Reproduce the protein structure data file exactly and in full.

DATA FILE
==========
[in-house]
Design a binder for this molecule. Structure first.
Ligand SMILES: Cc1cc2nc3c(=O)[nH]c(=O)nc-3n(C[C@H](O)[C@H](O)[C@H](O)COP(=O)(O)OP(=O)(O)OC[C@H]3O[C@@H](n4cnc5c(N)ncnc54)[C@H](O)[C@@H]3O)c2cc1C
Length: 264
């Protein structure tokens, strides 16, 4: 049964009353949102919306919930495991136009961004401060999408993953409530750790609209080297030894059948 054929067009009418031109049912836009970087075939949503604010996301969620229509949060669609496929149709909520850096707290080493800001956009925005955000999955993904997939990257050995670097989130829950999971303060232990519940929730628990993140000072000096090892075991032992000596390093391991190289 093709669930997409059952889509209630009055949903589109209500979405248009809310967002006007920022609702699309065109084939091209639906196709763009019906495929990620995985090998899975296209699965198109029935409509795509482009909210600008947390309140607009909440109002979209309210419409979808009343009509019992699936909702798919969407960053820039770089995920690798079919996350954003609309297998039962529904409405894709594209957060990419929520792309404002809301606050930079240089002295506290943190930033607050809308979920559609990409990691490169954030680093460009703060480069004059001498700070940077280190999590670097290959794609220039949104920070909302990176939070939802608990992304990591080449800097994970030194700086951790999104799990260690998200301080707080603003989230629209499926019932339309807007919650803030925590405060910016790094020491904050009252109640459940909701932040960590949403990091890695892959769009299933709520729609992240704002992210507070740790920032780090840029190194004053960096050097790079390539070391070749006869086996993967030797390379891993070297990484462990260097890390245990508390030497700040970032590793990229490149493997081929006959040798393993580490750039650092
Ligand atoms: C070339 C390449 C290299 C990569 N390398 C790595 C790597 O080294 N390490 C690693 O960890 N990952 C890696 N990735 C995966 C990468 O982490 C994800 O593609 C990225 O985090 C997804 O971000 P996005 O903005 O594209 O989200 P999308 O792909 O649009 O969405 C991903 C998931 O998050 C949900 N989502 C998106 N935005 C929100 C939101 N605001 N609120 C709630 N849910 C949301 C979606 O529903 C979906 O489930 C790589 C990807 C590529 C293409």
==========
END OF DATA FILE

[in-house]
Design a binder for this molecule. Structure first.
Ligand SMILES: Cc1cc2nc3c(=O)[nH]c(=O)nc-3n(C[C@H](O)[C@H](O)[C@H](O)COP(=O)(O)OP(=O)(O)OC[C@H]3O[C@@H](n4cnc5c(N)ncnc54)[C@H](O)[C@@H]3O)c2cc1C
Length: 264
């Protein structure tokens, strides 16, 4: 049964009353949102919306919930495991136009961004401060999408993953409530750790609209080297030894059948 054929067009009418031109049912836009970087075939949503604010996301969620229509949060669609496929149709909520850096707290080493800001956009925005955000999955993904997939990257050995670097989130829950999971303060232990519940929730628990993140000072000096090892075991032992000596390093391991190289 093709669930997409059952889509209630009055949903589109209500979405248009809310967002006007920022609702699309065109084939091209639906196709763009019906495929990620995985090998899975296209699965198109029935409509795509482009909210600008947390309140607009909440109002979209309210419409979808009343009509019992699936909702798919969407960053820039770089995920690798079919996350954003609309297998039962529904409405894709594209957060990419929520792309404002809301606050930079240089002295506290943190930033607050809308979920559609990409990691490169954030680093460009703060480069004059001498700070940077280190999590670097290959794609220039949104920070909302990176939070939802608990992304990591080449800097994970030194700086951790999104799990260690998200301080707080603003989230629209499926019932339309807007919650803030925590405060910016790094020491904050009252109640459940909701932040960590949403990091890695892959769009299933709520729609992240704002992210507070740790920032780090840029190194004053960096050097790079390539070391070749006869086996993967030797390379891993070297990484462990260097890390245990508390030497700040970032590793990229490149493997081929006959040798393993580490750039650092
Ligand atoms: C070339 C390449 C290299 C990569 N390398 C790595 C790597 O080294 N390490 C690693 O960890 N990952 C890696 N990735 C995966 C990468 O982490 C994800 O593609 C990225 O985090 C997804 O971000 P996005 O903005 O594209 O989200 P999308 O792909 O649009 O969405 C991903 C998931 O998050 C949900 N989502 C998106 N935005 C929100 C939101 N605001 N609120 C709630 N849910 C949301 C979606 O529903 C979906 O489930 C790589 C990807 C590529 C293409």